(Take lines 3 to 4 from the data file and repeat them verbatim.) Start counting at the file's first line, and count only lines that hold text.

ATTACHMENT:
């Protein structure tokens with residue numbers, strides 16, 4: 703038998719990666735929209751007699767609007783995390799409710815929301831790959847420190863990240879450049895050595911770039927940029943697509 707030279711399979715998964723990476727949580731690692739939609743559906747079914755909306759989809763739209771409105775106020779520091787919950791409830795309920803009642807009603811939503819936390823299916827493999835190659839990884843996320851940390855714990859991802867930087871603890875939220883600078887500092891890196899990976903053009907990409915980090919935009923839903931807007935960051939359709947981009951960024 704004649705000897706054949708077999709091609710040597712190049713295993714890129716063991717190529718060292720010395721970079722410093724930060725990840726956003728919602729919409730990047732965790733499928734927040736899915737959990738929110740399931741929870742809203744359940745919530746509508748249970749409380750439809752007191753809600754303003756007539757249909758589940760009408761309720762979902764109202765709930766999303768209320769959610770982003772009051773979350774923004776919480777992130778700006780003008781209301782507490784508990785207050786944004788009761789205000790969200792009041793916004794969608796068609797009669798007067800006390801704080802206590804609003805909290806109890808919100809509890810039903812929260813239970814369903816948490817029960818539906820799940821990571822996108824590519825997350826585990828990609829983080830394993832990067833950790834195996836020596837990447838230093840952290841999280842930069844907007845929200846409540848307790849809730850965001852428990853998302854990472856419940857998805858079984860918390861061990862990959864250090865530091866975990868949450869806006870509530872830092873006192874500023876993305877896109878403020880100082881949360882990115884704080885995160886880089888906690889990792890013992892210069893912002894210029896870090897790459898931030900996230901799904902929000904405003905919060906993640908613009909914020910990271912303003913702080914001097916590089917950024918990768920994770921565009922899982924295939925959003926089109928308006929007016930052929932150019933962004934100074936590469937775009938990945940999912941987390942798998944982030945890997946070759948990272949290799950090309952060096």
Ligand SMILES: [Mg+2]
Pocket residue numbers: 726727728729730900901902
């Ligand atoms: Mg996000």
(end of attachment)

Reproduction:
Pocket residue numbers: 726727728729730900901902
């Ligand atoms: Mg996000």